How one gene shakes up our understanding of male infertility

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In a recent article published in the journal Developmentresearchers are investigating the role of the ACTL7B gene in sperm formation Actl7b-deficient mice.

Study: Actl7b deficiency leads to mislocalization of LC8-type dynein light chains and disruption of mouse spermatogenesis. Image credits: Komsan Loonprom /


ACTL7B, a testis-specific actin-related protein (Arp), shares up to 60% amino acid identity with conventional actins and is highly conserved among rodents and primates. In mice and humans ACTL7B is expressed exclusively in the testis, suggesting a role in spermatogenesis.

Several animal studies have been linked ACTL7B with fertility, while studies in human subjects reveal the presence of single nucleotide polymorphisms (SNPs) in the coding sequence of ACTL7B in cohorts of infertile men.

However, these studies do not directly address the ACTL7B gene with infertility. Furthermore, there remains a lack of studies elucidating its molecular function ACTL7B.

About the study

In the current study, researchers apply clustered regularly spaced short palindromic repeat (CRISPR)/CRISPR-associated protein 9 (Cas9)-mediated gene editing in zygotes of C57Bl/6J, a common inbred strain of laboratory mice, to Actlt7b-deficient mice to analyze the role of ACTL7B in spermatogenesis.

Two kinds Actlt7bKnockout (KO) mice were generated, including heterozygous (Actl7b+/-) and homozygous (Actl7b−/−) mice. A genotyping polymerase chain reaction (PCR) assay was used to make the distinction Actl7bΔ allele from wild-type mice (Actl7b+/+) with alleles of Actlt7b– Or mice.

Immunohistochemical staining against ACTL7B was performed on tissue sections obtained from the testis, caput, and cauda epididymis of heterozygous (Actl7b+/-), homozygous (Actl7b−/−), and wild type (Actl7b+/+) mice.

The presence of any structural defects including acrosome biogenesis, DNA condensation, cuffing, and sperm tail formation in the sperm cells of Actl7b-deficient male mice, was also determined using transmission electron micrography (TEM).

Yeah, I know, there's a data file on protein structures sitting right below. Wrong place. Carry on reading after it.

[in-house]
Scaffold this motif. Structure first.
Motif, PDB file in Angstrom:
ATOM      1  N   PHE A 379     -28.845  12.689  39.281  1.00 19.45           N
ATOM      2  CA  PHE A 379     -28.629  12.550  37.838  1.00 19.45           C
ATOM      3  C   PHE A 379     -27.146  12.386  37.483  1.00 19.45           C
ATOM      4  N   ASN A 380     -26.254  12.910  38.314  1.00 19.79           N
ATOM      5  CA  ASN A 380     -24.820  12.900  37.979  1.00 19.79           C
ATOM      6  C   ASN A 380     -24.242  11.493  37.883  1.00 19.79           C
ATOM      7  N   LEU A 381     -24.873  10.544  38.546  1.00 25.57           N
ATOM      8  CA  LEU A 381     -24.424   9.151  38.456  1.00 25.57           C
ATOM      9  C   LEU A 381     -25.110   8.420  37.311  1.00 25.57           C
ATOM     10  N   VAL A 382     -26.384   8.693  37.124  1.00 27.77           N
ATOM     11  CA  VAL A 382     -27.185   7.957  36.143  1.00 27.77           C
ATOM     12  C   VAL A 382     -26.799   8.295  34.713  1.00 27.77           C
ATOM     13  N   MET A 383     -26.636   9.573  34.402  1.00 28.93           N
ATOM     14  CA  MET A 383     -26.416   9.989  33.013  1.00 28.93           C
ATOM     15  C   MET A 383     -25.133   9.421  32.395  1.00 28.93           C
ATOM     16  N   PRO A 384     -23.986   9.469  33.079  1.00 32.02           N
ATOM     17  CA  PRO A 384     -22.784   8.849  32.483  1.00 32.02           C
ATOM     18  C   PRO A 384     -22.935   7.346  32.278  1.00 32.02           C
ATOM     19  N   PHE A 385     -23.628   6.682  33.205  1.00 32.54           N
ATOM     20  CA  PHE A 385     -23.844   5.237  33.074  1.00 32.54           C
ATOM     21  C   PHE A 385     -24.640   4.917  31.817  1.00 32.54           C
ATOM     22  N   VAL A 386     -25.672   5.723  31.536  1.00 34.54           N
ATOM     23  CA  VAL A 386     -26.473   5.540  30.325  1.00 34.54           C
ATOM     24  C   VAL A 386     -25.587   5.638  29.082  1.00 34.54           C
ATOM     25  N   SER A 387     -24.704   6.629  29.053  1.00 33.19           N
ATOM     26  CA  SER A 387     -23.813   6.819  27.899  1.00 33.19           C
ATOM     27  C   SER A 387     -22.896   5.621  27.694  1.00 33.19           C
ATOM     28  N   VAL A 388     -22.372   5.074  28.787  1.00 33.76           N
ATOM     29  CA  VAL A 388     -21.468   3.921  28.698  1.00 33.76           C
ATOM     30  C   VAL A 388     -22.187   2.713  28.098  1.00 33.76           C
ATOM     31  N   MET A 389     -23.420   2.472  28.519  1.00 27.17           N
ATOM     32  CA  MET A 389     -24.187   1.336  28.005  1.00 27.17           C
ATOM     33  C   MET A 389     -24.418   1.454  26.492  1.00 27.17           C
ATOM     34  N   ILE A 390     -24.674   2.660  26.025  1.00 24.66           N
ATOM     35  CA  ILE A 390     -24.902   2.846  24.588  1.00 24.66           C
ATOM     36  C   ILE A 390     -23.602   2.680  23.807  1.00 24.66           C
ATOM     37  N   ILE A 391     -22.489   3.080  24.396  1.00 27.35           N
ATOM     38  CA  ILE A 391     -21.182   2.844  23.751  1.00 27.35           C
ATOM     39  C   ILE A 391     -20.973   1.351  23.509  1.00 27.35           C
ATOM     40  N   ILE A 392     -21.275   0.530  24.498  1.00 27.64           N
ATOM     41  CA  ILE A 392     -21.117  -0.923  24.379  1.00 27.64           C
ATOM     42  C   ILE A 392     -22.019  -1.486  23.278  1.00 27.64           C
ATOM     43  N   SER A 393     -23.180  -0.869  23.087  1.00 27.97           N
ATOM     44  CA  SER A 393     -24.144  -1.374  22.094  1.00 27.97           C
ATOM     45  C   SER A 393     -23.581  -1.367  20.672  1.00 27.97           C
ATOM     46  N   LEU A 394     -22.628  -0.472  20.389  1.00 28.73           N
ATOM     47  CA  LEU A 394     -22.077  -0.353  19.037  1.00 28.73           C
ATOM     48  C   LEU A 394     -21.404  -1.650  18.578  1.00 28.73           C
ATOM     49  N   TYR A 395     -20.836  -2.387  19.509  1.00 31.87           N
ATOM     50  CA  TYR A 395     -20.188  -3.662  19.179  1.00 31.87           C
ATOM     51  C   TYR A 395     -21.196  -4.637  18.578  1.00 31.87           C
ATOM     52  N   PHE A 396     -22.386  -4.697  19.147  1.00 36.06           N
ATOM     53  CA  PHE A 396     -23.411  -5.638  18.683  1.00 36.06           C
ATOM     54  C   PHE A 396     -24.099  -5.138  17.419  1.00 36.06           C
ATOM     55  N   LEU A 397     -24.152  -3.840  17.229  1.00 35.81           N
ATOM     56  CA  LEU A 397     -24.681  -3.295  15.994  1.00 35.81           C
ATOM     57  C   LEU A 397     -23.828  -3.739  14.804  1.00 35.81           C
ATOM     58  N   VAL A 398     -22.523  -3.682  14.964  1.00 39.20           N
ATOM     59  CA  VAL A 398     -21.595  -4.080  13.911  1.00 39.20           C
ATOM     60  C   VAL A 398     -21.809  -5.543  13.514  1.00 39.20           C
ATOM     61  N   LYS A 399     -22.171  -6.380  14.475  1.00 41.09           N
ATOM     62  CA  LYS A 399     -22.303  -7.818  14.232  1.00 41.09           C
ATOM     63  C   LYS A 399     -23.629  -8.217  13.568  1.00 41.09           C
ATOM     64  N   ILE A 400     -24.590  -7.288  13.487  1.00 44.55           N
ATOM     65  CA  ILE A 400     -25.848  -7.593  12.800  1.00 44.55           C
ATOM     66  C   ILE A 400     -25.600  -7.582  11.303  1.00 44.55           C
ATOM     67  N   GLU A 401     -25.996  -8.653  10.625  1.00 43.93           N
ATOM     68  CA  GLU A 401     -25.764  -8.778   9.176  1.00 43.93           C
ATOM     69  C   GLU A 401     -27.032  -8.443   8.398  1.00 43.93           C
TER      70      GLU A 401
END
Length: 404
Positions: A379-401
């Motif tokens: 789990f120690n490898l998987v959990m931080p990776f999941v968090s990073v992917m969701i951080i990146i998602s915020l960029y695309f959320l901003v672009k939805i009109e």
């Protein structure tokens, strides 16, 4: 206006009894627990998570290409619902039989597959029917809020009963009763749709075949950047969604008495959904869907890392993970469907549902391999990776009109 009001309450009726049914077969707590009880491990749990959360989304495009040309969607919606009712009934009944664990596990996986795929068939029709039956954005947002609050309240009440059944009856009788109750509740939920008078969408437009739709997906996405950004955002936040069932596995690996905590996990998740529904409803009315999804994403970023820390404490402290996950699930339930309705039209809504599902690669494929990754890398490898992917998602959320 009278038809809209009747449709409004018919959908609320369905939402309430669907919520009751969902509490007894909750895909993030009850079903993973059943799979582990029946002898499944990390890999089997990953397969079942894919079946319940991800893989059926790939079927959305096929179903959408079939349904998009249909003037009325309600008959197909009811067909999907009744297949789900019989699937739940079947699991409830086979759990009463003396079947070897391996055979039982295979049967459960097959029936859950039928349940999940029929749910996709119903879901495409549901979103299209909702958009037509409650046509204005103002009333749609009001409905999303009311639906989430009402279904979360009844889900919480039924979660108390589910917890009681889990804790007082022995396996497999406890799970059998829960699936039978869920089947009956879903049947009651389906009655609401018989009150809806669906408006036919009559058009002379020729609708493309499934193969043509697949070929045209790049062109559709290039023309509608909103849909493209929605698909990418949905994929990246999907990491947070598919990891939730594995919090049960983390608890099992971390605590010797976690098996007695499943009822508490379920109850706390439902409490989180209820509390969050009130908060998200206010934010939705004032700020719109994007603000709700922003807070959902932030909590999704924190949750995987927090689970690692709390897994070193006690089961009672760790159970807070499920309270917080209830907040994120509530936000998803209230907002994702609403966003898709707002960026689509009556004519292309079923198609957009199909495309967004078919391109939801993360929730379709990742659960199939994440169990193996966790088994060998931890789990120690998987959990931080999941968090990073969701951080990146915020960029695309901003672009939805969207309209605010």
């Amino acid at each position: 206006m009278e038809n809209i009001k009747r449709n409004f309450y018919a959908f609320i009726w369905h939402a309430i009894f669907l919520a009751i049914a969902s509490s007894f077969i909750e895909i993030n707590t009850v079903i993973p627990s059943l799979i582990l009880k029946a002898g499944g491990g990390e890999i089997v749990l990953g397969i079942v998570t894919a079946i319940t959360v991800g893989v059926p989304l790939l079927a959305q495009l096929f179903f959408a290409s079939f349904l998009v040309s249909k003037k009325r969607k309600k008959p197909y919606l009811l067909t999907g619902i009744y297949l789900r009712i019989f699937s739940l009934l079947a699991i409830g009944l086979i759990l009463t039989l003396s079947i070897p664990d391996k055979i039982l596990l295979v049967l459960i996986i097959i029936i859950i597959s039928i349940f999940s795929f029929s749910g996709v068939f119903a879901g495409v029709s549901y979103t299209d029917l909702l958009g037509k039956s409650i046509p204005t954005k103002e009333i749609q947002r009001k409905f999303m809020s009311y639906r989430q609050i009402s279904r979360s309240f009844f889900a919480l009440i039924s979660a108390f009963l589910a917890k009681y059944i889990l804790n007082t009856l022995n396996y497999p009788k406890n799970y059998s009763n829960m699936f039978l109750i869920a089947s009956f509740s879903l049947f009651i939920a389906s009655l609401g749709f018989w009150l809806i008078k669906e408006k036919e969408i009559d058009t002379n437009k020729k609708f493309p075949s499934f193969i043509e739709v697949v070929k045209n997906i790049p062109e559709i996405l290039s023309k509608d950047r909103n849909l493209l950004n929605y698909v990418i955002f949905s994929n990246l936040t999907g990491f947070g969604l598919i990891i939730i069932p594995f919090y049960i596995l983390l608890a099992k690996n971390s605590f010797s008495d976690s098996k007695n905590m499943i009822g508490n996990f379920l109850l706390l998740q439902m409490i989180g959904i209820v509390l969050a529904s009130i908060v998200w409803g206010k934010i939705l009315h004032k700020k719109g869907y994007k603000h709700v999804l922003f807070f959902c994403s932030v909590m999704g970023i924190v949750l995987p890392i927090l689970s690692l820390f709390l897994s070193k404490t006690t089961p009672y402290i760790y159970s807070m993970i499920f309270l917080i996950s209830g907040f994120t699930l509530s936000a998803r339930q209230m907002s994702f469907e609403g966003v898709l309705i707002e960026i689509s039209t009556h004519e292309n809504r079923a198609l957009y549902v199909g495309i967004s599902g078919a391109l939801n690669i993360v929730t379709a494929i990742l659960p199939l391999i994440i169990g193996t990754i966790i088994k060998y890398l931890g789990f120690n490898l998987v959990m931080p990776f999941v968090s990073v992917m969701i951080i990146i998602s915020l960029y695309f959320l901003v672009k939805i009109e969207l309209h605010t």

ACTL7B protein interaction changes in the testicular proteome of Actl7b-deficient mice were also assessed. To this end, the researchers coupled anti-ACTL7B antibody to Dynabeads and used uncoupled beads as a control. Following this co-immunoprecipitation experiment, mass spectrometry (MS) was used to identify eluted proteins from whole testes of five mice from homozygous, heterozygous and wild-type groups.

Principal component analysis (PCA) showed differential clustering of all three samples, while differential abundance analysis (DA) revealed protein abundance Actl7b+/- in comparison with Actl7b+/+ samples.

An evolutionary analysis of ACTL7A And ACTL7B genes were also performed, as these genes show sequence similarity and are testis specific. This analysis allowed the researchers to compare the conservation of these genes and predict their essence.

Findings of the study

Spermatids from Actl7b-deficient mice were arrested during development, which subsequently led to the development of several abnormalities after step nine of spermatogenesis, including malformed flagella. Consequently, most spermatids were aborted.

Some of these degrading spermatids accumulated in the lumen of the seminiferous tubules along with other immature spermatids that were eliminated by Sertoli cells. This was confirmed by increasing levels of autophagy marker proteins in Actl7b−/− testes.

MS analyzes revealed that ACTL7B specifically interacted with the dynein light chains LC8-Type 1 and Type 2 (DYNLL1 and DYNLL2), which appear in step nine of spermatogenesis. Furthermore, ACTL7B appears to exert its effects through interactions with the microtubule network or the dynein 1 motor complex, rather than with the actin cytoskeleton.

Other way around, Actl7b+/− male mice showed reduced ACTL7B levels and remained fertile similarly to wild-type mice.

Earlier, Actlt7b-KO mice were reported to be infertile due to severe oligoteratozoospermia, as well as malformed sperm tails and heads, and a tenfold reduction in sperm count compared to wild-type mice. However, in the current study, the sperm count in KO mice was approximately 32,000, which was a thousand-fold reduction compared to the approximately 32,000,000 sperm counts observed in wild-type mice. This is likely due to phenotypic differences in the parent mouse strains used.

Both models showed reduced germ cell loss, lower epididymal sperm count, and reduced release of germ cells into and out of the testis, along with several structural sperm abnormalities.


As human and mouse ACTL7B genes are very similar, the study results suggest that ACTL7B variants may lead to failed spermatogenesis and male infertility in humans. Moreover, since ACTL7B could help distinguish between obstructive and non-obstructive azoospermia with high accuracy at translational and transcriptional levels, the presence of this gene could potentially be used as a biomarker for male infertility in the future.

Magazine reference:

  • Merges, G.E., Arévalo, L., Kovacevic, A., et al. (2023). Actl7b deficiency leads to mislocalization of LC8-type dynein light chains and disruption of mouse spermatogenesis. Development 150(21). doi:10.1242/dev.201593

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